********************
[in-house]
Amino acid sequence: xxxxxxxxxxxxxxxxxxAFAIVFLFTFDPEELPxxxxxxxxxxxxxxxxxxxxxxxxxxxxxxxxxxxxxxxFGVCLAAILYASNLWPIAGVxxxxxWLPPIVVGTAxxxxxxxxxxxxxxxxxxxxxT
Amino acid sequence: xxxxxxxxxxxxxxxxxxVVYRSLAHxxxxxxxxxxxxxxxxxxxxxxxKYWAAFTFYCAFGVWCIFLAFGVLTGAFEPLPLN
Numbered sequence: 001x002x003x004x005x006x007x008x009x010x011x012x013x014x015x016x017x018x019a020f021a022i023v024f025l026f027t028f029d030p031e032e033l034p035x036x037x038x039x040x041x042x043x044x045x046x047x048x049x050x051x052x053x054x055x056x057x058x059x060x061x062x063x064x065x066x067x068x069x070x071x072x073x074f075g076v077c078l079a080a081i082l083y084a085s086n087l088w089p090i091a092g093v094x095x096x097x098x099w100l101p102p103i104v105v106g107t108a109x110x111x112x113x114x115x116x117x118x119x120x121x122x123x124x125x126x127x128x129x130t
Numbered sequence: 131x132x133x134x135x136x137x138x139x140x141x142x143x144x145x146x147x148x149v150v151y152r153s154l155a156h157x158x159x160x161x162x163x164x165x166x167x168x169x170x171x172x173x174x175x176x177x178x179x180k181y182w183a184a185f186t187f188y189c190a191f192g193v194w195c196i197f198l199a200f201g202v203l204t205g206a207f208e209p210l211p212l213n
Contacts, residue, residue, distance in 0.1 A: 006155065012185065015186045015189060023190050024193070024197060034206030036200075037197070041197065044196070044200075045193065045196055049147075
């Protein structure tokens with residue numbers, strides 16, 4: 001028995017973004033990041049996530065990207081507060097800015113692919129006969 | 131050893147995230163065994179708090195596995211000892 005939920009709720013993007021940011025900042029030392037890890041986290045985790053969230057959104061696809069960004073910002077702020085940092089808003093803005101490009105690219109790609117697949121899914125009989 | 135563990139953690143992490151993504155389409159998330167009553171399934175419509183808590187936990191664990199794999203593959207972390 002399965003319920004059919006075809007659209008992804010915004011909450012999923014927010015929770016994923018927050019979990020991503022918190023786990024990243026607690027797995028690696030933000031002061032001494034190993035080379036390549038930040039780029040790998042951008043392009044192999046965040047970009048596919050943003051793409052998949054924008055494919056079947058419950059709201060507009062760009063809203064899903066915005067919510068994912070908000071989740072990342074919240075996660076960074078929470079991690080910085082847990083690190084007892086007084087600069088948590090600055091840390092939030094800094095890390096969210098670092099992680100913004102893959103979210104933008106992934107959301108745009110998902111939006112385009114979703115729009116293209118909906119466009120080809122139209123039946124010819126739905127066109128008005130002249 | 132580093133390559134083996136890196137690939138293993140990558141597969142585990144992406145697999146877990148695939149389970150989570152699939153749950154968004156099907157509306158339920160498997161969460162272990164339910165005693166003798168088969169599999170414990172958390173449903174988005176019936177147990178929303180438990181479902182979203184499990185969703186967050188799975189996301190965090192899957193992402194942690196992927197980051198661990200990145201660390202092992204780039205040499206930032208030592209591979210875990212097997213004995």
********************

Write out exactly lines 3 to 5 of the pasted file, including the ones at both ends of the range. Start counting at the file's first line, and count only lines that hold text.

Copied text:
Amino acid sequence: xxxxxxxxxxxxxxxxxxVVYRSLAHxxxxxxxxxxxxxxxxxxxxxxxKYWAAFTFYCAFGVWCIFLAFGVLTGAFEPLPLN
Numbered sequence: 001x002x003x004x005x006x007x008x009x010x011x012x013x014x015x016x017x018x019a020f021a022i023v024f025l026f027t028f029d030p031e032e033l034p035x036x037x038x039x040x041x042x043x044x045x046x047x048x049x050x051x052x053x054x055x056x057x058x059x060x061x062x063x064x065x066x067x068x069x070x071x072x073x074f075g076v077c078l079a080a081i082l083y084a085s086n087l088w089p090i091a092g093v094x095x096x097x098x099w100l101p102p103i104v105v106g107t108a109x110x111x112x113x114x115x116x117x118x119x120x121x122x123x124x125x126x127x128x129x130t
Numbered sequence: 131x132x133x134x135x136x137x138x139x140x141x142x143x144x145x146x147x148x149v150v151y152r153s154l155a156h157x158x159x160x161x162x163x164x165x166x167x168x169x170x171x172x173x174x175x176x177x178x179x180k181y182w183a184a185f186t187f188y189c190a191f192g193v194w195c196i197f198l199a200f201g202v203l204t205g206a207f208e209p210l211p212l213n